She may well be correct. But my question is why we need these forecasts at all? What is their purpose? As she put it, the journalists and the pollsters alike are intrigued by the question which they pose to themselves: which way would the vote go? She says: “Across TV channels, pollsters described U.P. as a nightmare, difficult to read, impossible to call. The pollsters were confused, not the voters.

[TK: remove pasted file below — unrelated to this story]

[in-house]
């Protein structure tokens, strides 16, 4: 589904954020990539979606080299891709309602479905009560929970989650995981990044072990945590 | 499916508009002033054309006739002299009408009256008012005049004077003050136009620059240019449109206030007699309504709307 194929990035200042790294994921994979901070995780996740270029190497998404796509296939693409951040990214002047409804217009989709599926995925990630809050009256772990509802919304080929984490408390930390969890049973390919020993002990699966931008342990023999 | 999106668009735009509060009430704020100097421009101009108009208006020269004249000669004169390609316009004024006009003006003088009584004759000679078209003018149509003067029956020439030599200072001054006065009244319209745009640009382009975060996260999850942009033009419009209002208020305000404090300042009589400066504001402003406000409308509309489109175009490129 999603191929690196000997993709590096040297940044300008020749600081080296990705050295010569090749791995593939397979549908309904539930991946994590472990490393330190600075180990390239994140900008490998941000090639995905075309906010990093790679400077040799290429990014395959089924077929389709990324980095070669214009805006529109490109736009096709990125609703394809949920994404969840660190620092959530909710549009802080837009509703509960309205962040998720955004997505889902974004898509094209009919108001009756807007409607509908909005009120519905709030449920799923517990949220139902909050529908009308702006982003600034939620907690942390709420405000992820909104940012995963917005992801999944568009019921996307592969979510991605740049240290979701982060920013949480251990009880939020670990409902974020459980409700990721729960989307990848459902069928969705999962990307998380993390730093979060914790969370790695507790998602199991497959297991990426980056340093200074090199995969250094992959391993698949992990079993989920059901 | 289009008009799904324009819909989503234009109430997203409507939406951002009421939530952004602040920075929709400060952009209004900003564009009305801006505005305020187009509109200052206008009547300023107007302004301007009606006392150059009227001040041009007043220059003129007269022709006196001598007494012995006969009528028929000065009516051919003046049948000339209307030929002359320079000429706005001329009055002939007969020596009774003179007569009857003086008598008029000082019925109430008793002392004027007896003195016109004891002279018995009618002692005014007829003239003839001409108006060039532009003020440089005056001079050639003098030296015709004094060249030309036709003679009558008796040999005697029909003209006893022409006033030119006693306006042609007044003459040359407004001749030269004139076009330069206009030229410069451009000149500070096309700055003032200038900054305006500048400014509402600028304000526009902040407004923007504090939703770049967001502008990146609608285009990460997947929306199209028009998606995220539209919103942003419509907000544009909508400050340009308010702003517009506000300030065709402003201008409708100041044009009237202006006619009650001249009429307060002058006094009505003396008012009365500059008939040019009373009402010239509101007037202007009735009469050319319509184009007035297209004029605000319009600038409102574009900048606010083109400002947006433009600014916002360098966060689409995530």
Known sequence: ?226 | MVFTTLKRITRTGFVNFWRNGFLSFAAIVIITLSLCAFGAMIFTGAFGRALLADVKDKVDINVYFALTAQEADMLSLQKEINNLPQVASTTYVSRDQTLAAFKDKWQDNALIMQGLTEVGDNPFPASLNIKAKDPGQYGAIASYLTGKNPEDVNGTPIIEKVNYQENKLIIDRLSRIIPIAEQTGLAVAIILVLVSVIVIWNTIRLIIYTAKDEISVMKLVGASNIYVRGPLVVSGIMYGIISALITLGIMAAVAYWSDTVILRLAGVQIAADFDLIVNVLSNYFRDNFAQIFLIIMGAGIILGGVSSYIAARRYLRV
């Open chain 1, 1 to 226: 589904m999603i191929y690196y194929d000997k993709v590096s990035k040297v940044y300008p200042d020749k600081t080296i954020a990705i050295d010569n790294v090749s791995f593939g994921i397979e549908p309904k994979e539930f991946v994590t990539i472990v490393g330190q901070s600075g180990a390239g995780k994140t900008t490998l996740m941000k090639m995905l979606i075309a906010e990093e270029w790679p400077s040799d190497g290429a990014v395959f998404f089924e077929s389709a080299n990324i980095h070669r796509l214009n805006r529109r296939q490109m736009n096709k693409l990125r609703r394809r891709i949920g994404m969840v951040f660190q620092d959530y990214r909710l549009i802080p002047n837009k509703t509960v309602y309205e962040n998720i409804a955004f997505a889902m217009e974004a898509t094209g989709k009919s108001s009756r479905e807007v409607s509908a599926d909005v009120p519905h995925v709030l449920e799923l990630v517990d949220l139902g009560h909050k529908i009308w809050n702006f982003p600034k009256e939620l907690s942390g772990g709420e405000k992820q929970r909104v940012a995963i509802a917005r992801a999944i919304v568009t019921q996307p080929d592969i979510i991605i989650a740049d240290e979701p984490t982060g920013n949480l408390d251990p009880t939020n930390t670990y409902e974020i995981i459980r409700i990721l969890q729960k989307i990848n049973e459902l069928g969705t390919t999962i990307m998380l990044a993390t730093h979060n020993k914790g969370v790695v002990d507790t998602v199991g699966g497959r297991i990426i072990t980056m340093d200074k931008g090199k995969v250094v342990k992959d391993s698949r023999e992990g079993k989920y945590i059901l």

Opinion polling is a valuable tool, whether in market research, in the social sciences or in politics. The Centre for the Study of Developing Societies has incisively analysed changing political trends and shifting voter loyalties, drawing from a database compiled during the course of successive elections.” But she did not answer the question why we need the forecasts at all – whether it is a nightmare, or an arm-chair theorizing is secondary. Whether it is a print journalist or a pollster, it makes no sense to suggest that they should be obsessed with forecasting, rather than with the issues, the voters’ concerns, and the parties’ strategies. There is no evidence to suggest that forecasts help the political parties to make mid-course correctives, to improve their actual chances at the hustings. There is no evidence to suggest that the viewers/readers believe forecasts would help them vote better. (on the contrary, forecasts are suspected to influence the voter decision, and hence there are well-reasoned demands that they should be banned/ restricted). Do the forecasts leave the viewer/reader in any sense better informed about their parties and candidates? Even here, as Vidya has pointed out the scope for misleading is immense, considering the disproportionate advantage the BJP secured in these polls all these years. A print journalist like Vidya, even if she is reasonably sure that BSP would get absolute majority, would be reluctant to say so in her reports before the elections, precisely because a contrary result would cause sufficient professional embarrassment. The HT, for instance, depending on the forecasts that a hung assembly is in the offing, carried a front page story on the possible scenarios, based on various permutations and combinations, a day before the actual results were out. In retrospect, such stories were absolutely unnecessary, and served no reader interest. Similar was a story in The Hindu, on possible options before the Governor in the event of a hung assembly based on the views of so-called legal experts. In retrospect, we could have well had no such hypothetical analyses, if the forecasts were not there – whether coming from sophisticated pollsters, or from ‘ear-to-the-ground’ print journalists making some qualified forecasts in the midst of their copies. It serves no purpose absolutely. The data the pollsters may generate would be useful, but not the forecasts, which in their own assessment, may turn out to be inaccurate, or may even be quite off the mark. In my view, even if the forecasts turn out to be correct, they would have served no purpose, from the point of view of most stake-holders, except the pollsters and the channels, and the print journalists who could have the satisfaction of saying “I told you so”. But I agree that there will be some interest in knowing why and how the psephologists failed to forecast the U.P.results – not necessarily because correct forecast would have served any good purpose, but just to satisfy our curiosity.